He's forgotten that the AC is primarily a design/tech challenge. I would also argue it is a management challenge over and above a sailing boat race. The racing is just the medium by which the money men can show expertise in design/tech and management. How many times has a promising campaign been derailed by poor management?

Employing the right people, giving them the resources they need and also putting the right limits on them is what it takes.  Lack of management is what lost both the 2005 and 2017 cups.

 

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3 hours ago, Editor said:

the pinnacle of our sport took a disastrous wrong turn after Bermuda

Russell?? Is that you??

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3 hours ago, Editor said:

OK, I’ll say it if nobody else will. It’s time to scrap the whole America’s Cup catastrophe and start again.

Just what we need. Another opinionated 'Merican.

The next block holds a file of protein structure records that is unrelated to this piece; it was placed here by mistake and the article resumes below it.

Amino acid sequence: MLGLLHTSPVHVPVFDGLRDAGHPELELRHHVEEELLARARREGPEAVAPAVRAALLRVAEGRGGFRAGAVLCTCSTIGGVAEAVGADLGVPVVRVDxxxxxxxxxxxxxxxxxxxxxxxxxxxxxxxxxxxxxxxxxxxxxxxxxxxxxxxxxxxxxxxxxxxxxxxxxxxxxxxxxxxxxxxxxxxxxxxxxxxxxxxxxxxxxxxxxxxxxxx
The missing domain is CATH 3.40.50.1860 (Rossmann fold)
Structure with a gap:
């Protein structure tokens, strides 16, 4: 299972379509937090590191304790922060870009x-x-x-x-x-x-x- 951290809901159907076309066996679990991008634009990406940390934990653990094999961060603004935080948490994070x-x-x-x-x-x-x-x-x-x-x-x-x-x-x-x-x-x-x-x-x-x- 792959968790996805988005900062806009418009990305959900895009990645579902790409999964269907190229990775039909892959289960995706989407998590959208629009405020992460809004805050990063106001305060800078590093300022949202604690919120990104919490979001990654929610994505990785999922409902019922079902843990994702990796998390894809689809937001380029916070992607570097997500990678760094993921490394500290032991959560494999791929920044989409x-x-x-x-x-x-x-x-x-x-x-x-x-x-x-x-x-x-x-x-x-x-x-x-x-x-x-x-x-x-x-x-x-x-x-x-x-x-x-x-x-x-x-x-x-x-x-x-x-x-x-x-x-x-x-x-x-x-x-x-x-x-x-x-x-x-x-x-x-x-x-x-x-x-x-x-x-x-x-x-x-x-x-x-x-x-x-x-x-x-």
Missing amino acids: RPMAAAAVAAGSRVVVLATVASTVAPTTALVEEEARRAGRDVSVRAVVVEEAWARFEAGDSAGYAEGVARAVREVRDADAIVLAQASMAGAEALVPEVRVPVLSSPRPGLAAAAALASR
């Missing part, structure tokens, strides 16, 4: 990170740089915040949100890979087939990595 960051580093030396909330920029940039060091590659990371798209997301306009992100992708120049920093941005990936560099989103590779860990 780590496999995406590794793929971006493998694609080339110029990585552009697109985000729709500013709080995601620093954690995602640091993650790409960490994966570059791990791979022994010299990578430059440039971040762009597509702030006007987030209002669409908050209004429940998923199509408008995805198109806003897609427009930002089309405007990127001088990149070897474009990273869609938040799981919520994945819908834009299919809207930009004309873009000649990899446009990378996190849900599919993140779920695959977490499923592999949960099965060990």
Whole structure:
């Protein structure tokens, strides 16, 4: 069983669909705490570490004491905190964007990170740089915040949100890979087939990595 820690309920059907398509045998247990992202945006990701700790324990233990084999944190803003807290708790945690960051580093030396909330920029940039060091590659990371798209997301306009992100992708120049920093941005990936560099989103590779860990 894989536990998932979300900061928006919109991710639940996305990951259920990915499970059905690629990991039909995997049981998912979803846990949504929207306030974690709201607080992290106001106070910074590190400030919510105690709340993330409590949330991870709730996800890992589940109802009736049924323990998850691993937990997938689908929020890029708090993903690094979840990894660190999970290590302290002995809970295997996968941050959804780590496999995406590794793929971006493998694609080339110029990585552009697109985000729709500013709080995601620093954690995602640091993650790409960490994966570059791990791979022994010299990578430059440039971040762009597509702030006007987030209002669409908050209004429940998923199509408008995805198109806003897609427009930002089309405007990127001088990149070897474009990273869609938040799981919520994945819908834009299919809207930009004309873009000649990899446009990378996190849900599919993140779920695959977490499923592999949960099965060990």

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The sailing world will still benefit, the local exposure will amp up a few more Burlings & Tukes to continue on the NZ dominance!

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3 hours ago, Editor said:

what you said is the same line whenever i run something some of you don't like...

And who the fuck are you?

Go away

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6 hours ago, Editor said:

fuggedaboutit-300x169.jpg

OK, I’ll say it if nobody else will. It’s time to scrap the whole America’s Cup catastrophe and start again. The disruptions of the COVID-19 crisis may be the catalyst, but there have been signs for more than a year now that the pinnacle of our sport took a disastrous wrong turn after Bermuda. This thing is out of control. 

The INEOS team photo published recently showed more than 100 staff posing proudly in their team uniforms. That’s more than 100 paid bodies just to keep one boat racing in a handful of regattas. New Zealand, a small nation, is spending countless millions building a port facility for the defense series. The challenge teams are gobbling up sponsorship money at obscene rates.